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Title IX Decision-Maker Roles and Responsibilities
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Download: Title IX Decision Maker

This document describes the roles and responsibilities of Decision-Makers in the K-12 space. It was created to reflect the changes made by the U.S. Department of Education in the Final Rule regulations, which went into effect August 14, 2020. This document is intended for use by anyone who wishes to assess and ensure compliance with Title IX (e.g., Decision-Makers, district and state Title IX compliance officers, policy makers, and Title IX Coordinators).

Decision-Maker Roles and Responsibilities is part of the Title IX 2020 Regulations series. This series examines the overall impact of the Title IX 2020 regulations and its specific impact on various positions. See other documents in the series:

Decision-Maker Roles and Responsibilities

LEGAL CITATION: “No person in the United States shall, on the basis of sex, be excluded from participation in, be denied the benefits of, or be subjected to discrimination under any education program or activity receiving Federal finance assistance.”

—Title IX of the Education Amendments of 1972 and its implementing regulation at 34 C.F.R. Part 106 (Title IX)

Core Responsibilities of the Decision-Maker

The Title IX regulations of 2020 created the position of Decision-Maker to separate the determination of guilt or innocence from the investigative process. The Decision-Maker is effectively the judge of Title IX cases: They preside over hearings, if applicable, and issue the verdict in the form of written determinations. Decision-Makers monitor the questioning and cross-examination process and identify irrelevant questions. At the end of the process, they weigh the evidence to determine if it meets the school’s standard of sexual harassment allegations. Decision-Makers produce a written statement to both parties describing their verdict.

Like judges, Decision-Makers cannot have a conflict of interest or bias for or against any member in the proceedings. The Title IX Coordinator should vet Decision-Makers prior to their designation in this role.

Mandatory Training

School districts need to ensure that they train the Decision-Maker, Investigator, and Title IX Coordinator in preparation for their roles in the Title IX grievance procedure. This training must include the following:

  • the definition of sexual harassment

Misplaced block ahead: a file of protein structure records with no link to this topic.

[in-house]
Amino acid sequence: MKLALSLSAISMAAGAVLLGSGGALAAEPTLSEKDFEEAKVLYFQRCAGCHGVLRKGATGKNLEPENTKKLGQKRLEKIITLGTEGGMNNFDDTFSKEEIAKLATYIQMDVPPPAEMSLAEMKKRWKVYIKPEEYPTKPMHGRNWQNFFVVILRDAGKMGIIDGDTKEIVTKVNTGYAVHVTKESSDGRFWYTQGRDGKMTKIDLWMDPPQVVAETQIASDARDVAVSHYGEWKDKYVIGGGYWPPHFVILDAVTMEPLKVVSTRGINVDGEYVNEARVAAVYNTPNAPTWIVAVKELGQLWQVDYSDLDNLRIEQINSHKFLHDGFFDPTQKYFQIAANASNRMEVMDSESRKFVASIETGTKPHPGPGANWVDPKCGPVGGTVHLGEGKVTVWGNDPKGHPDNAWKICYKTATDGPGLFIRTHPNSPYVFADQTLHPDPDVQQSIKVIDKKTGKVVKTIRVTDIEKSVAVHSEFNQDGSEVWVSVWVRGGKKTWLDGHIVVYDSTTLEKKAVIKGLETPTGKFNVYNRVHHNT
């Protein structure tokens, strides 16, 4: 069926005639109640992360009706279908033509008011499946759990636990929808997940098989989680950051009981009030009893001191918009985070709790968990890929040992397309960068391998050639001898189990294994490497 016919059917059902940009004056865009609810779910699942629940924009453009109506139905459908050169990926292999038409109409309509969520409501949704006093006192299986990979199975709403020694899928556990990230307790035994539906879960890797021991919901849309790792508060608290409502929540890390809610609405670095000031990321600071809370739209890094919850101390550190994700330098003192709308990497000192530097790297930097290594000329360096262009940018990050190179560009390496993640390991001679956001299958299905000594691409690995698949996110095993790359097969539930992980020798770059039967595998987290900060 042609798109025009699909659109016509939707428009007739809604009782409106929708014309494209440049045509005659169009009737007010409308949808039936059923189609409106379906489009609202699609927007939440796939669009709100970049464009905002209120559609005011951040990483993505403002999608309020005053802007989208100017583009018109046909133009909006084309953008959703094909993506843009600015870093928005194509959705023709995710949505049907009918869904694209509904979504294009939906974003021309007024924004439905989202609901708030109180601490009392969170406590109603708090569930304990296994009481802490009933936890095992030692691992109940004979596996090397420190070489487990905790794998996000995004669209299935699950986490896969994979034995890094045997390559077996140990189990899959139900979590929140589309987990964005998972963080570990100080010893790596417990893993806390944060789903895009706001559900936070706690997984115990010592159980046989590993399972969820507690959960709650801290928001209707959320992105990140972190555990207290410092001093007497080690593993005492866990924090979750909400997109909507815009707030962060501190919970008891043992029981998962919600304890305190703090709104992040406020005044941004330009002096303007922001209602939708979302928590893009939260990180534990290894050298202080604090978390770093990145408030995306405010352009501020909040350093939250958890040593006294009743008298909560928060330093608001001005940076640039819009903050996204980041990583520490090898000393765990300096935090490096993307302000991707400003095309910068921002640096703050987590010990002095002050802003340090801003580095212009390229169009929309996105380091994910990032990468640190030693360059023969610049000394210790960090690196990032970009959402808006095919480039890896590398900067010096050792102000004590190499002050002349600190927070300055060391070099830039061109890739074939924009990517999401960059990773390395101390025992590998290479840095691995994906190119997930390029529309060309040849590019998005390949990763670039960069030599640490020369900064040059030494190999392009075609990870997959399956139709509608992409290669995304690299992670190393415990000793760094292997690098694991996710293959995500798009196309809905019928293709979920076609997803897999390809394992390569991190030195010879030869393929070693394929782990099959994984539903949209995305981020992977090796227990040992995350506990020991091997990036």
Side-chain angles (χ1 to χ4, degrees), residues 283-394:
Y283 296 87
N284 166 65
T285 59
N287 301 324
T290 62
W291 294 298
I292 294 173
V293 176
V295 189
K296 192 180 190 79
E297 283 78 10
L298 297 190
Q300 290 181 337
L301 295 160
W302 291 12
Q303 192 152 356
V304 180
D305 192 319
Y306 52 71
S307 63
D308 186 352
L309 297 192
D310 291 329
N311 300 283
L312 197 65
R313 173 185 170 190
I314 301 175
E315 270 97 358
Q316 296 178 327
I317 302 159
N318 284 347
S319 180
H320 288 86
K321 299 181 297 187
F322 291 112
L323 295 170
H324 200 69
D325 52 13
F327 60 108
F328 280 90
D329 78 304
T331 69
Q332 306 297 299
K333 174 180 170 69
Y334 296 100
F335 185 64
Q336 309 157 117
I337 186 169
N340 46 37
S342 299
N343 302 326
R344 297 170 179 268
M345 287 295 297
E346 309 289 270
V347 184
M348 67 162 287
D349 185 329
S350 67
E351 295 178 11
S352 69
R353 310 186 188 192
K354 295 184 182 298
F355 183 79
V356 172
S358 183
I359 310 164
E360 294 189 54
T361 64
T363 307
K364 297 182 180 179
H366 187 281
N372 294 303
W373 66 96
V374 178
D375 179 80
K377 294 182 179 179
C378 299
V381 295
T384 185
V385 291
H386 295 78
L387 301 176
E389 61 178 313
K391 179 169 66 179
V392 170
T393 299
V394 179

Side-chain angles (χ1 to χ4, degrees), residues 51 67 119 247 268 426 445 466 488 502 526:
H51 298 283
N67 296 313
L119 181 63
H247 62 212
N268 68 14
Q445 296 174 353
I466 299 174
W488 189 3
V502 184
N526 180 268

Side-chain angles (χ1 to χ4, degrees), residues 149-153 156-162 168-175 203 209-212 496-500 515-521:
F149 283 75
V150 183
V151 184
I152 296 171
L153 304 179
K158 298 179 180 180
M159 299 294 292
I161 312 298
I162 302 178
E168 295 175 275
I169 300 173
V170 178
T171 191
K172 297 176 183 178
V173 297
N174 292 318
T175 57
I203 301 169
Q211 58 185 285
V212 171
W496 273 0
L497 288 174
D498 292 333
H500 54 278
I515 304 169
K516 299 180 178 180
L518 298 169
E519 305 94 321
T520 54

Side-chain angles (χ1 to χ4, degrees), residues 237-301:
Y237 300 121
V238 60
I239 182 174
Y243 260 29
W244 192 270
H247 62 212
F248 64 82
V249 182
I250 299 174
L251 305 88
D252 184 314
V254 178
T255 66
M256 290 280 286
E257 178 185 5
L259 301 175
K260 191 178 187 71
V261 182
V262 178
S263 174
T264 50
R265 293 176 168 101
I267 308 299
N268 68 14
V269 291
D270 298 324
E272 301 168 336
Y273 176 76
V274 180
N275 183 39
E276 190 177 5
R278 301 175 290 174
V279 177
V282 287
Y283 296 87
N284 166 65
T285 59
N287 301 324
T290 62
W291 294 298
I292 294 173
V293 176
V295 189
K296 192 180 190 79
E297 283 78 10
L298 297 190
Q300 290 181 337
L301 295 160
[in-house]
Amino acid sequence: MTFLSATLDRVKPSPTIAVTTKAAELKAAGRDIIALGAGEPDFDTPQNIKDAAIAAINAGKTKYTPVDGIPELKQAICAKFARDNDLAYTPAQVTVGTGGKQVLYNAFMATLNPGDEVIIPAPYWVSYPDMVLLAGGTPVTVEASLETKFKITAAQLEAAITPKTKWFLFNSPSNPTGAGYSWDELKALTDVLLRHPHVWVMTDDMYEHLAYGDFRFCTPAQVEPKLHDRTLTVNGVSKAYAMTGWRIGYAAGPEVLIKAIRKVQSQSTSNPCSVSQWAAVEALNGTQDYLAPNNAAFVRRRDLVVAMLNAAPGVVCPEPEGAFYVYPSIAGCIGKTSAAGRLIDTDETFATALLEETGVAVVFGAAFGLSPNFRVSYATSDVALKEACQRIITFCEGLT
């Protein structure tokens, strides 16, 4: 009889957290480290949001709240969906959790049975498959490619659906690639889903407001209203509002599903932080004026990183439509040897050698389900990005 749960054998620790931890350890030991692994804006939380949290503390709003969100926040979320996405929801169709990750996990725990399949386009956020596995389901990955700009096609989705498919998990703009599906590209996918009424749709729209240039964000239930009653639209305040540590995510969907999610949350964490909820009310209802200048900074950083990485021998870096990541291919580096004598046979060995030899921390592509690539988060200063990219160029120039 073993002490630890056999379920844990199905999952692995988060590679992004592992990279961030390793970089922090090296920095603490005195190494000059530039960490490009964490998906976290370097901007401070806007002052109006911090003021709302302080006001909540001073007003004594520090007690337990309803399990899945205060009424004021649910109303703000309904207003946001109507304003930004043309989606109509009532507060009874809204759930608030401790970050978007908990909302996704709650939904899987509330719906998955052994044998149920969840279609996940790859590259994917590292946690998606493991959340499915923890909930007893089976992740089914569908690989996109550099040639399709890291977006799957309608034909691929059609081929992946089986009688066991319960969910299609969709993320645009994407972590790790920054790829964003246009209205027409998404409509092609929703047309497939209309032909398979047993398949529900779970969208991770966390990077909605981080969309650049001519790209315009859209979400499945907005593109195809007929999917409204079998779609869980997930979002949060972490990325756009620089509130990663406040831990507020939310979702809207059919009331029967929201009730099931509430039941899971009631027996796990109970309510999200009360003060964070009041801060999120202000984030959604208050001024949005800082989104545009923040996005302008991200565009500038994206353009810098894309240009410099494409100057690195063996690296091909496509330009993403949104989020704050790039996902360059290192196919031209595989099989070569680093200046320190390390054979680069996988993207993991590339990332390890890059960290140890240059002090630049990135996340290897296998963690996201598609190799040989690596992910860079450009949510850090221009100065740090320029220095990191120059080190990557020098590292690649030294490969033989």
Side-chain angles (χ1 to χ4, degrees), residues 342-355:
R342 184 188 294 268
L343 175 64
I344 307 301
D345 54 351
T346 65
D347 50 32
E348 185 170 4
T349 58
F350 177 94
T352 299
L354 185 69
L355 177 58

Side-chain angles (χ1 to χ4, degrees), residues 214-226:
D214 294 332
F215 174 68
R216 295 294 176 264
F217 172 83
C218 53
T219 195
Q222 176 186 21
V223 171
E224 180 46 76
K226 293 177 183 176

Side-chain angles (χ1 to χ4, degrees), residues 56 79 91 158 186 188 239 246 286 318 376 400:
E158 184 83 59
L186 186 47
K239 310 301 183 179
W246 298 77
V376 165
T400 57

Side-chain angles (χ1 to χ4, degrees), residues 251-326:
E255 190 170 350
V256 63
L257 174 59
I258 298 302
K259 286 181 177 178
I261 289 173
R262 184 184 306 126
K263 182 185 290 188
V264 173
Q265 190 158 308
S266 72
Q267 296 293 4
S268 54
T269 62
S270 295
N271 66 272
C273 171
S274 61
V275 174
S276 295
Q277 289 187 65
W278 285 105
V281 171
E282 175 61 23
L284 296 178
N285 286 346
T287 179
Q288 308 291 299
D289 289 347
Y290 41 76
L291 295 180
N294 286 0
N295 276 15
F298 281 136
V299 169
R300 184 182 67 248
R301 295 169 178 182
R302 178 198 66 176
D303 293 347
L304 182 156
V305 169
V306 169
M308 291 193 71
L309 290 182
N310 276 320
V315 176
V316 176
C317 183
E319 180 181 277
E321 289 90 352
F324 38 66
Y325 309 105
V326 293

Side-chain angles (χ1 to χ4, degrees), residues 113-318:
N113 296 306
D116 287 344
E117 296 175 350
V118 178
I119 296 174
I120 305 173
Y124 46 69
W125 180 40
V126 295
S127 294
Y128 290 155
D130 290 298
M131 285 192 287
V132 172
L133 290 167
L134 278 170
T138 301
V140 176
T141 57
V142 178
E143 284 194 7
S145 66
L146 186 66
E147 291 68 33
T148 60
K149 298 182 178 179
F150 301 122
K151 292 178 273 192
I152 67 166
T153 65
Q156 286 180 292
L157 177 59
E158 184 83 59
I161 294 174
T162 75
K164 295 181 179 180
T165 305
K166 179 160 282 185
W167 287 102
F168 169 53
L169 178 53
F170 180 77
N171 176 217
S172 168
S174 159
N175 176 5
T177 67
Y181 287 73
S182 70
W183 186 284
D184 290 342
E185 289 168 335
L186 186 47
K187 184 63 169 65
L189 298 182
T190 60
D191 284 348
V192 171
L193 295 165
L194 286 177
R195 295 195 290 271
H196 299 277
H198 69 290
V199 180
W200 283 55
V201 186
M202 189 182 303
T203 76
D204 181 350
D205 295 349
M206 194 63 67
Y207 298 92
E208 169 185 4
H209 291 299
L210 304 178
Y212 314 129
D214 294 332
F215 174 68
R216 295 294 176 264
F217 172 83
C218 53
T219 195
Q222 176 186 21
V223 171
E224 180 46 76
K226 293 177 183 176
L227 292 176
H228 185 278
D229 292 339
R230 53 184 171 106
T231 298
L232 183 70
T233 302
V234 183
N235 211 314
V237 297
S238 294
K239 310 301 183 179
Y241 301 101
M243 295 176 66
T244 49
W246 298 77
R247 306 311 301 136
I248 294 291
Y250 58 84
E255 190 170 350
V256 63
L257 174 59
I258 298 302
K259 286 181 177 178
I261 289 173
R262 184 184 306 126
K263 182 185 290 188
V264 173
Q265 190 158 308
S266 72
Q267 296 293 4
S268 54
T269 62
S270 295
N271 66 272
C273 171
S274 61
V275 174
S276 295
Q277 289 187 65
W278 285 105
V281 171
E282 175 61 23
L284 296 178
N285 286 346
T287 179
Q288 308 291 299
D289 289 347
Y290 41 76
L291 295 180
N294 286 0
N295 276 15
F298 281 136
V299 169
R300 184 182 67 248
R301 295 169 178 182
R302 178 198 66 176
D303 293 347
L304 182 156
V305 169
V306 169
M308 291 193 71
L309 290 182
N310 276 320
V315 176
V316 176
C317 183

• the scope of the school’s education program or activity
  • how to conduct an investigation and grievance process (including hearings, appeals, and informal resolution processes)
  • how to serve impartially (including by avoiding prejudgment of the facts at issue, conflicts of interest, and bias)

The Decision-Maker needs to receive two additional pieces of training:

  • any technology to be used at a live hearing
  • issues addressing relevance of questions and evidence during the live hearing

Grievance Procedures: Questioning Process

Decision-Makers must allow each party to ask relevant and follow-up questions to the other party and any witnesses. If the parties choose to have a hearing; cross-examination must be done directly, orally, and in real time by the party’s advisor. The parties do not need to be in the same room, but all must have technology that enables the Decision-Maker(s) and parties to see and hear the party or witness answering questions. If the parties do not have a hearing, Decision-Makers must allow each party the opportunity to question other parties and witnesses. Parties can submit written, relevant questions: The Decision-Maker will share the answers, and parties are allowed to ask follow-up questions. If the Decision-Maker identifies a question as “irrelevant,” they must explain their reasoning. Should any party or witness not
participate in cross-examination during a live hearing, the Decision-Maker cannot use any part of their testimony in reaching final determination regarding responsibility. The hearing and/or questioning should be conducted within a “reasonably prompt” time frame.

Written Determination

Decision-Makers must share their written determination with both parties simultaneously. The written determination must include the six following components:

  • identification of the sexual harassment allegations
  • a description of the grievance procedure steps taken
  • findings and evidence that support the determination
  • conclusions regarding the application of the recipient’s code of conduct to the facts
  • a statement of and rationale for the results for each allegation, including:
    • determining responsibility: if the respondent’s alleged actions broke school policy
    • for the respondent: any disciplinary sanctions that the school imposes
    • for the complainant: any remedies (provided by the school) designed to restore or preserve equal access to the school’s education program or activity
  • permissible grounds for appeal, as well the school’s appeal procedures

Appeals Process

If one or both of the parties appeals the determination, the school must use a different Decision-Maker to preside over the appeal process. The Decision-Maker will offer both parties the opportunity to submit a written statement explaining why they support or challenge the
determination. After reading their statements and reviewing the evidence and findings from the grievance procedure, the appeals Decision-Maker will issue a written determination, which they will provide to both parties simultaneously.

Adapted from the U.S. Department of Education Title IX Final Rule regulations.


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